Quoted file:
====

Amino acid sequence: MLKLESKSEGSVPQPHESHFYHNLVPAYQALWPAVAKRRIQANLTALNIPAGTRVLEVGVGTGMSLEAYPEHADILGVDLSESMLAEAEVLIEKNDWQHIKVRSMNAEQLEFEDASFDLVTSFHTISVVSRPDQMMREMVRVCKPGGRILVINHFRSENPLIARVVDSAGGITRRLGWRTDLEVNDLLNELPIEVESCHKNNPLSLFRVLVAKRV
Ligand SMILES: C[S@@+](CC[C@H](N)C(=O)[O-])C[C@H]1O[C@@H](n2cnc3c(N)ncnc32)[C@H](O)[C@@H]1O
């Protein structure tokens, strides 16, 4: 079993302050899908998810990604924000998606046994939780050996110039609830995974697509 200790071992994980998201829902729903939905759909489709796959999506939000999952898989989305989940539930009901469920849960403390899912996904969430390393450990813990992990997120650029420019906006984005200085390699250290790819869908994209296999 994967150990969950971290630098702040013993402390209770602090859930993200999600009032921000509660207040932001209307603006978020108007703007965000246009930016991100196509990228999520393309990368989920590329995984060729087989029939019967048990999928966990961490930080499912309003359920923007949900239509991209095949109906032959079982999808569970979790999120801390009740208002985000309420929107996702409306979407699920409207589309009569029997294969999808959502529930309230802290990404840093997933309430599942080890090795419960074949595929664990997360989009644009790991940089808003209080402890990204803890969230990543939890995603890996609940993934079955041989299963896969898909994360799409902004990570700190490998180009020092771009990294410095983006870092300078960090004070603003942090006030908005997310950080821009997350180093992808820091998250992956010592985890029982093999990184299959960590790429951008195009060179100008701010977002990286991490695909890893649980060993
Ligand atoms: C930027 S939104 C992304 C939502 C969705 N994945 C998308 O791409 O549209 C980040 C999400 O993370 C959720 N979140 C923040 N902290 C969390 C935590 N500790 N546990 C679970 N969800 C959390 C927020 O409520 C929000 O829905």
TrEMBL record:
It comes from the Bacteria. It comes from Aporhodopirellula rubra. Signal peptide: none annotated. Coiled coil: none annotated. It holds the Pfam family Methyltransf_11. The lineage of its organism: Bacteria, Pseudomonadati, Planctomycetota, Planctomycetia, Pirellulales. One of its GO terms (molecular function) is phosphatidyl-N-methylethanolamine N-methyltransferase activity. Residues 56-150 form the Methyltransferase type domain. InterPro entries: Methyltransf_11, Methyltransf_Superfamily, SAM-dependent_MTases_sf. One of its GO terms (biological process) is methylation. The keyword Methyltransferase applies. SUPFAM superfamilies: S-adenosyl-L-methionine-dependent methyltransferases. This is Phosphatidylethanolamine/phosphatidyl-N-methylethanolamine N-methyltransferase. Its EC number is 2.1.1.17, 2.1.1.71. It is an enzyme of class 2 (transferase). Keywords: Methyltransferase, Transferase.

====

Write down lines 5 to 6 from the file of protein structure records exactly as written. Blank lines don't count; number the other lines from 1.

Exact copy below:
TrEMBL record:
It comes from the Bacteria. It comes from Aporhodopirellula rubra. Signal peptide: none annotated. Coiled coil: none annotated. It holds the Pfam family Methyltransf_11. The lineage of its organism: Bacteria, Pseudomonadati, Planctomycetota, Planctomycetia, Pirellulales. One of its GO terms (molecular function) is phosphatidyl-N-methylethanolamine N-methyltransferase activity. Residues 56-150 form the Methyltransferase type domain. InterPro entries: Methyltransf_11, Methyltransf_Superfamily, SAM-dependent_MTases_sf. One of its GO terms (biological process) is methylation. The keyword Methyltransferase applies. SUPFAM superfamilies: S-adenosyl-L-methionine-dependent methyltransferases. This is Phosphatidylethanolamine/phosphatidyl-N-methylethanolamine N-methyltransferase. Its EC number is 2.1.1.17, 2.1.1.71. It is an enzyme of class 2 (transferase). Keywords: Methyltransferase, Transferase.